The True Meaning of the Passover Celebration for Jews


The Jewish tradition of Passover celebrates the liberation of Jewish slaves by Moses over three thousand years ago. Almost everyone knows the story, but it is worth retelling. Spring is a time of hope and renewal and that is why this holiday is perfectly timed.

The Jews were made slaves around 1700 BC by Egypt. It would be Moses who freed them. Chosen by God, he went to the Pharaoh and demanded that the slaves be freed, by the will of our Lord. The Pharaoh and his priests were worshipers of paganism. They laughed at Moses’ claims and immediately asserted their magic to be the superior.

Sticks turned into Snakes

They took three sticks and turned them into cobras, slithering up to Moses and hissing. The Pharaoh laughed and claimed the superiority of his magic. Then Moses thrust his staff onto the floor, where it became a large serpent. It slithered up to the other snakes and ate them alive.

This impressed the Pharaoh, and so he promised Moses he would think about it. After a few days with no answer, Moses returned again. The Pharaoh said he thought about the proposal and had rejected it. Moses warned that there would this time be great retribution for these acts, and the Pharaoh laughed once again. Moses grimaced and left.

The Pharaoh’s people were attacked by a series of divine plagues and calamities, a new one each day. Frogs rained. Rivers turned to blood. These caused the Pharaoh great stress but did not change his mind. His resolve seemed only to increase. This is when God brought the most powerful statement of all.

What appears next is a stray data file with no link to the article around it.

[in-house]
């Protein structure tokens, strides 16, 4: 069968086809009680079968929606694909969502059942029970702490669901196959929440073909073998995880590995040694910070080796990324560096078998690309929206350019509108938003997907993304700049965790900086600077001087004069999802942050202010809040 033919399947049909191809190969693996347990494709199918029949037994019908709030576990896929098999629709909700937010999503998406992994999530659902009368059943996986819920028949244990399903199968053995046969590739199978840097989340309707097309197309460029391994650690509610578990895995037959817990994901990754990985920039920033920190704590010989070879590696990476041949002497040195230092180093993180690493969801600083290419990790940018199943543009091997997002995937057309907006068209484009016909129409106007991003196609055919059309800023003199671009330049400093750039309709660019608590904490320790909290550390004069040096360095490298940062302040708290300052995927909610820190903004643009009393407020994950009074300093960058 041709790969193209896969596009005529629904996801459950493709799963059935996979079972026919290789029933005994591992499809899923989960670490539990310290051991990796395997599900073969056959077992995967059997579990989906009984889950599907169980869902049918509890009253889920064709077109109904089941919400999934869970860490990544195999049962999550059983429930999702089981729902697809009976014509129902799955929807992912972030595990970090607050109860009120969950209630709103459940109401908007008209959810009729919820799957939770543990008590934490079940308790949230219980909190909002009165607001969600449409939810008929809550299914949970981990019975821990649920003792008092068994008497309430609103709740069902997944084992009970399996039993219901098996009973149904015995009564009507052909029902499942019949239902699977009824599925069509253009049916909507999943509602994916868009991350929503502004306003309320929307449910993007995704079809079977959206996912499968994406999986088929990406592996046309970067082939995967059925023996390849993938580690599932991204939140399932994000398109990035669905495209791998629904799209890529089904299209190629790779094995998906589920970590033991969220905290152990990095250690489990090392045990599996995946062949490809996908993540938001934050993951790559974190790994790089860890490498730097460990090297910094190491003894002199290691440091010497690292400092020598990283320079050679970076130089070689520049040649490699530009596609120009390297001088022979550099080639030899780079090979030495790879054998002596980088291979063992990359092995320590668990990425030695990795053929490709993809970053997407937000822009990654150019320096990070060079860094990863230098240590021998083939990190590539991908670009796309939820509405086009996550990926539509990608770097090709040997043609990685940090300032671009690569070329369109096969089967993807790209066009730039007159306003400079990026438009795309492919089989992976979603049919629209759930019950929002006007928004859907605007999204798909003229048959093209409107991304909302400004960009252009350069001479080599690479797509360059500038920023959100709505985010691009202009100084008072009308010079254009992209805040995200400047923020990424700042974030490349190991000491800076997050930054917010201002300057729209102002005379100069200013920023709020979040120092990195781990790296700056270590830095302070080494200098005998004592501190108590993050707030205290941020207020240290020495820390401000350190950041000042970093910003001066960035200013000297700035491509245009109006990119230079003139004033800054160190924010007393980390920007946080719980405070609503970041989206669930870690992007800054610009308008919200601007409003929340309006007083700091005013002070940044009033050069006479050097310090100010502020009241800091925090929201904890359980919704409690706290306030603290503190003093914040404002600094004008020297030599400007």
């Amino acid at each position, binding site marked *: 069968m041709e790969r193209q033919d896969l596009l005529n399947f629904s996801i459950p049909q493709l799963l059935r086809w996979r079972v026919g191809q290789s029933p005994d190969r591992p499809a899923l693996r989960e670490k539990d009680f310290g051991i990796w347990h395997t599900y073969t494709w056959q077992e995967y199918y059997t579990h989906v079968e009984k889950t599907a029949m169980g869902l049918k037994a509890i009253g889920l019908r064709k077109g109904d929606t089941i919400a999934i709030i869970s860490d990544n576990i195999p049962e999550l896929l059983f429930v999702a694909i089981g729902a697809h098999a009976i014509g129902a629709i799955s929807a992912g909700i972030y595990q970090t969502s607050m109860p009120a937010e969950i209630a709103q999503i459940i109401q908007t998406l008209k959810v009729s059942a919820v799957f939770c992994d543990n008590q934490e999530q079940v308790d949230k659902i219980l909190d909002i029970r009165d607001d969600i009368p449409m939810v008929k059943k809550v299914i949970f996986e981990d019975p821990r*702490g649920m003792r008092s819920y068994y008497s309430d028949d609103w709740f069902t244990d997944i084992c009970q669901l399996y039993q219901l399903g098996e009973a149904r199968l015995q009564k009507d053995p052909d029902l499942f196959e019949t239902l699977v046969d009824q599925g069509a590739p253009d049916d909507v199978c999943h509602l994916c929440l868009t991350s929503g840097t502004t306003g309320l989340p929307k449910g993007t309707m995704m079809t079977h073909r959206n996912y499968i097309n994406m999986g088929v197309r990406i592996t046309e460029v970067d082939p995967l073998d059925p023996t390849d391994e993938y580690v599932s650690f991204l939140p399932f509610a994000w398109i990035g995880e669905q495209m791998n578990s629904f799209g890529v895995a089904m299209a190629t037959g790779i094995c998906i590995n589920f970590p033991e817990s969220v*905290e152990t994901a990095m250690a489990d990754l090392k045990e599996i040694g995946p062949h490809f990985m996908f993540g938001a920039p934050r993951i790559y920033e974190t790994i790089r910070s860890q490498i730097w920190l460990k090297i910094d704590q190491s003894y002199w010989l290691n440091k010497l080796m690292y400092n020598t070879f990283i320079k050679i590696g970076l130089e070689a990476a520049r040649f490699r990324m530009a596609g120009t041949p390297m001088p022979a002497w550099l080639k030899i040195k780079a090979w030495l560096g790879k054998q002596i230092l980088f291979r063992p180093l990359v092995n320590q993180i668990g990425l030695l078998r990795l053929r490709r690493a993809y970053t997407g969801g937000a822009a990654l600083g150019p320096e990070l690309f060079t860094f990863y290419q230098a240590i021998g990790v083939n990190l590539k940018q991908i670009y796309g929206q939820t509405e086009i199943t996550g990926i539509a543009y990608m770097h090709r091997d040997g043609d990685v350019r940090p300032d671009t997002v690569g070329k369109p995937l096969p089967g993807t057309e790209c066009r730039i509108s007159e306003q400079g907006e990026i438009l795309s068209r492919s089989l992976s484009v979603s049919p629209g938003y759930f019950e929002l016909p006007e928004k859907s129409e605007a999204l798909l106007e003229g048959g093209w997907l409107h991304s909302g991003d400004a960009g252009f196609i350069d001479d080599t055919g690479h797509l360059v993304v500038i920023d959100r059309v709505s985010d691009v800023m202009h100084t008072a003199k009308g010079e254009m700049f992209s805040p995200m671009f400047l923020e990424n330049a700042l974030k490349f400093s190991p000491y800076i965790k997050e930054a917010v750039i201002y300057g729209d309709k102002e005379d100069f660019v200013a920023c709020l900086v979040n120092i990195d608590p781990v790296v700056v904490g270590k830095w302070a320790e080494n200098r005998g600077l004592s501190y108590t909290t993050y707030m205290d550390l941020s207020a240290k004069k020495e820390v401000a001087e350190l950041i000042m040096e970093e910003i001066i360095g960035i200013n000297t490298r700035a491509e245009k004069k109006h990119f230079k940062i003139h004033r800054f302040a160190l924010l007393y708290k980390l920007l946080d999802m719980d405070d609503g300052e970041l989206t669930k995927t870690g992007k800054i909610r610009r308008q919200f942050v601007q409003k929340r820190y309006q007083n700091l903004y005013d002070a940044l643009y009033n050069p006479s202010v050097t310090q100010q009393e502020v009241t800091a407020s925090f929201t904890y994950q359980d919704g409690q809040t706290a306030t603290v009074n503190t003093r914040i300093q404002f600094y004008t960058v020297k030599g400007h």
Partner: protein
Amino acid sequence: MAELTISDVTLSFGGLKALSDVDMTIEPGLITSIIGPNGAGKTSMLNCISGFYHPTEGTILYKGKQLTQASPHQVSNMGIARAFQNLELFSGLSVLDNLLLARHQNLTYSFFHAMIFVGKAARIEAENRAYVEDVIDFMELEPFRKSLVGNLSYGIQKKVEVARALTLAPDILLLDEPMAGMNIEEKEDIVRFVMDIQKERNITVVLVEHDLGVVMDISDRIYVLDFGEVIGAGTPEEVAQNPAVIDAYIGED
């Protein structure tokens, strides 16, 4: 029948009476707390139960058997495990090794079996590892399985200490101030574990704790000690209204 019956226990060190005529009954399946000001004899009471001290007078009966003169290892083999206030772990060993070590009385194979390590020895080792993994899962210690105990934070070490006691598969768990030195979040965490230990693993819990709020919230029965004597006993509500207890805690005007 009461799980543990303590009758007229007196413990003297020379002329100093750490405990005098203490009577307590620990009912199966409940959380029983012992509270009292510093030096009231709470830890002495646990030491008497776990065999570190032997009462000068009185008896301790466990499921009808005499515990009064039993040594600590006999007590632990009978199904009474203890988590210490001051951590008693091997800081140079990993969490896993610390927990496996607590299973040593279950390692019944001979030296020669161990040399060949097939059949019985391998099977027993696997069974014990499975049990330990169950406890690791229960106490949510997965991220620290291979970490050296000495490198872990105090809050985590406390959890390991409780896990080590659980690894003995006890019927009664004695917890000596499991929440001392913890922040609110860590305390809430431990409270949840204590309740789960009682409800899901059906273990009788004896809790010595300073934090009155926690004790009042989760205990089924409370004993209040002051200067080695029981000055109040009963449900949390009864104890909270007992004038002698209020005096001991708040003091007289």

The killing of the Firstborn in Egypt

This is when the Lord decided to kill every firstborn in Egypt.

On the eve of the seventh day of the attacks, God told Moses to inform the Jews to smear the blood of a sacrificed lamb onto their doors, so the angel of death would know that their house was to be spared, and “pass over” it. This is the origin of the name Passover.

After this seventh plague, the Pharaoh relented. Moses freed the Jews and they began their great journey toward the Promised Land. After a few days the Pharaoh was overcome by a fit of rage and decided to hunt them down. He and his armies race after the Jews. Moses asks for God’s help and through the power granted him parted the Red Seas. His followers walked through unharmed, with the Pharaoh and his men behind them. The Jews got everyone out and then God let the waterfall and drown the Egyptians.

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